Other 23Thing things so far have covered personal online brand, RSS feeds, Twitter and blogging. I haven’t learnt new skills with these things as I already use them, but it has reminded me again that I really must sort out my library RSS feeds in Netvibes.

I have enjoyed all the tasks so far, although I have not put as much time into looking at the blogs of other CPD23Thing participants as I should have. I thought I might use Thing 5 week to do that, but we’re now already into Thing 6… .

I’m comfortable with having a visible online presence, and I’m comfortable with putting my thoughts down ‘on paper’ (as it were) on the ol’ interweb , having been blogging in a library capacity and a yoga capacity for a year now.

I have struggled a little bit with the time taken to complete each Thing and have spent free time at home on it as well. But, as it’s for my personal learning and development I feel it’s ok for some of the time to be my time and not all work time. It’s more akin to doing a study course than attending a day’s training course in work time.

I’m also learning what I like about other people’s blogs. For me to want to follow a library blog I do prefer to see at least a name of the person, a picture if possible (of them, not a cat, cute though cats are), some contact details and to know more about them than some of the CPD23Things bloggers reveal. I find it hard to comment or like a blog post when I don’t even know the person’s name.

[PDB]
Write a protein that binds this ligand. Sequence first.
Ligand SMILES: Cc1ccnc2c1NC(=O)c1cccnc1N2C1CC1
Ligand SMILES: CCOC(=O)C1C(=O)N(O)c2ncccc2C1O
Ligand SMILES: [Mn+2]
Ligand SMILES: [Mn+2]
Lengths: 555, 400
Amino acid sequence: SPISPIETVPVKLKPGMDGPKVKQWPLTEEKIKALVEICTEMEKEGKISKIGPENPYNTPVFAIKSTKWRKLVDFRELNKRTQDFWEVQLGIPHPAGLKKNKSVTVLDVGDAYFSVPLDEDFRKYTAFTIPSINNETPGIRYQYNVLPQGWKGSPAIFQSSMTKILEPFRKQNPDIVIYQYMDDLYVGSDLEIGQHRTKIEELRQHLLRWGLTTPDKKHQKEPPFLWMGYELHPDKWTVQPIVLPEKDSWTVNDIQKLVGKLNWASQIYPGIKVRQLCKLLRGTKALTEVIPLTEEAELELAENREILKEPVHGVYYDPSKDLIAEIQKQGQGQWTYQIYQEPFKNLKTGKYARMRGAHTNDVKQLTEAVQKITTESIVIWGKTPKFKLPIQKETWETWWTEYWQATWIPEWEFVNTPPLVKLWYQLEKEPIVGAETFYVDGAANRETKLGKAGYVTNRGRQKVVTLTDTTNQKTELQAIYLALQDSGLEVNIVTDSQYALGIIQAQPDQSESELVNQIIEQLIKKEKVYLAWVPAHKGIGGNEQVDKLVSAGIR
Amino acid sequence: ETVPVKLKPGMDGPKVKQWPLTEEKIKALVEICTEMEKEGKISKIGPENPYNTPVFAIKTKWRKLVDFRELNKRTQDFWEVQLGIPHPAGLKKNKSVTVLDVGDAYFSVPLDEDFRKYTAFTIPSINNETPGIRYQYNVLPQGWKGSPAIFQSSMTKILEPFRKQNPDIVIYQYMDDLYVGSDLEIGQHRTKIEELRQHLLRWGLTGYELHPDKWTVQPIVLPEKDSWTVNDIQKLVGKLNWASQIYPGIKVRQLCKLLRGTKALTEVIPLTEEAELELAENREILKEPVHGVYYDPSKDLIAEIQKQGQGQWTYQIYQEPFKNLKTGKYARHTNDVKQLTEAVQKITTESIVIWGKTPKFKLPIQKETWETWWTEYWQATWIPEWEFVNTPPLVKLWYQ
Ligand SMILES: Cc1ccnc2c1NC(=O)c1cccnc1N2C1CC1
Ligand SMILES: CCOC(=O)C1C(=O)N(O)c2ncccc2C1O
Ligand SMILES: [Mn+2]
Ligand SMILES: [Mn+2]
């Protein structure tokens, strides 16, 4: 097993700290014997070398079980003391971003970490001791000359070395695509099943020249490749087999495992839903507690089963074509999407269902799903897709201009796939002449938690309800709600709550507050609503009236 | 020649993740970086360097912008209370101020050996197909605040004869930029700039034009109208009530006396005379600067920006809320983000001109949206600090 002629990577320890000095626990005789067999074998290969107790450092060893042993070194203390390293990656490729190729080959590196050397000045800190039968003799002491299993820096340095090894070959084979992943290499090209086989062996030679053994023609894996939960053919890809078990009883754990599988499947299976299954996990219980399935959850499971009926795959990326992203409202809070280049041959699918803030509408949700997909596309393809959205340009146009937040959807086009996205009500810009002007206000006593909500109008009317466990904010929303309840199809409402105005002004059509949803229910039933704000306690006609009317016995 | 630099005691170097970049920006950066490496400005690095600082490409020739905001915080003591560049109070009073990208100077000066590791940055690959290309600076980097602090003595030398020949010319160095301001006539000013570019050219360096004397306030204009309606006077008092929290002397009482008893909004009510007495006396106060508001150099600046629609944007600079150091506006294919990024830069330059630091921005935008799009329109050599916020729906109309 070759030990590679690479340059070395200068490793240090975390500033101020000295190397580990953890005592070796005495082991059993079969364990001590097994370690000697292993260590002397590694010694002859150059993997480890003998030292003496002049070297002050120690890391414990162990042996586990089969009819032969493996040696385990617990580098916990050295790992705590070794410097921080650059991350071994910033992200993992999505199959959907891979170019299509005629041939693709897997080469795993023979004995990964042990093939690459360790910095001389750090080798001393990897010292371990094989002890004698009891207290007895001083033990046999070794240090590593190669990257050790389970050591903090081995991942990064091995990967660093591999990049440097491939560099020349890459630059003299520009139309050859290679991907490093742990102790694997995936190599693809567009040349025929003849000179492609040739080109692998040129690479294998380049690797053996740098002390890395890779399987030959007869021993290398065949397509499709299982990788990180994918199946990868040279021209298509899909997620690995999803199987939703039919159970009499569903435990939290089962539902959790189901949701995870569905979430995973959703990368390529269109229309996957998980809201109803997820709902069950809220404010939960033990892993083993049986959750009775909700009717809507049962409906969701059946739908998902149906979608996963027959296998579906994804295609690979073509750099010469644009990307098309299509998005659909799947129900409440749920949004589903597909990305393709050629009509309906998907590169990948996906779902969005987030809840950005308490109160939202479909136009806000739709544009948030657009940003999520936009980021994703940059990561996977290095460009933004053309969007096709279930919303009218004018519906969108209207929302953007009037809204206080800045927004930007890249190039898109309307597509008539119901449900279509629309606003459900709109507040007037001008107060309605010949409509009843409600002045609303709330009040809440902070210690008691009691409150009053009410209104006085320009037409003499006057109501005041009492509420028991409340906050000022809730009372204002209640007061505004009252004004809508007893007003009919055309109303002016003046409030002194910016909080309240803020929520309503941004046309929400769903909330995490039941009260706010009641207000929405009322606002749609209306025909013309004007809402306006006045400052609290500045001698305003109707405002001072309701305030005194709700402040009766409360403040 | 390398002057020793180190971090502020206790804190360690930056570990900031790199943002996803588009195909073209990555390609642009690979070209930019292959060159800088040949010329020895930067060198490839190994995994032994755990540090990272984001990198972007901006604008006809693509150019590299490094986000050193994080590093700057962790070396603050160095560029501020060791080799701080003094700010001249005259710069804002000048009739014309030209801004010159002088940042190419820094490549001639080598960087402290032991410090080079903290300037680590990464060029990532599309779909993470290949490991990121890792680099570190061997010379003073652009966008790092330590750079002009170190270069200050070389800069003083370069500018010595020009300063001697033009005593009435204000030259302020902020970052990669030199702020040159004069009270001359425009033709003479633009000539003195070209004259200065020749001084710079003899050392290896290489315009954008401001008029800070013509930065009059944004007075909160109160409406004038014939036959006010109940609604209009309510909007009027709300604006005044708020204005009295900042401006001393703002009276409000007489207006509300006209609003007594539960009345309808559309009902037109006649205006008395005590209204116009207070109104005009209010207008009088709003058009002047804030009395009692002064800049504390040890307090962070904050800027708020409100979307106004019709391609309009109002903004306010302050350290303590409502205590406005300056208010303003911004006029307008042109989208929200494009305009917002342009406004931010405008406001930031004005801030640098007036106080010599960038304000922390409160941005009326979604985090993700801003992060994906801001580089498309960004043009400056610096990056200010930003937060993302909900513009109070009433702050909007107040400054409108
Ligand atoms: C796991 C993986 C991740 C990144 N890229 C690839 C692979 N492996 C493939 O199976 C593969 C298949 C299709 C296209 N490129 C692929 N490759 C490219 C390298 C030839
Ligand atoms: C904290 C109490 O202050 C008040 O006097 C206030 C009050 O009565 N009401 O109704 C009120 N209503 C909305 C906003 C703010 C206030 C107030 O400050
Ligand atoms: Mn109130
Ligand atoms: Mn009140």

I also have found some of the blog posts to be quite short – for me, to do justice to each Thing I’ve found myself writing quite a lot. Maybe I’m just a verbose waffler. I’ve also found the most useful blogs to be the ones that link to something else.

This all helps me think about MY blogs – are they helpful? Do I provide enough links for people to follow up on things? Do I have enough information about me easily available? This may reflect an element of my job role which is advice and support to librarians in Wales – if I want library staff in Wales to feel they can approach me I believe they need to see who I am, get a feel for what I’m like through my online presence, and have various ways of contacting me. I also like to be useful and helpful – I am, at heart, a librarian.

I’ve learnt that I’m also still addicted to checking my site stats… .

UPDATE – after writing the above I then spent well over an hour looking at other CPD23Things blogs, starting with Wales again. It’s a shame that quite a few are already behind on Thing 2 or 3.  And I’m still struggling with the lack of names. Maybe this reflects more on me than them – I’m in a relatively ‘public’ profile in my job, but other people may not be.



et cetera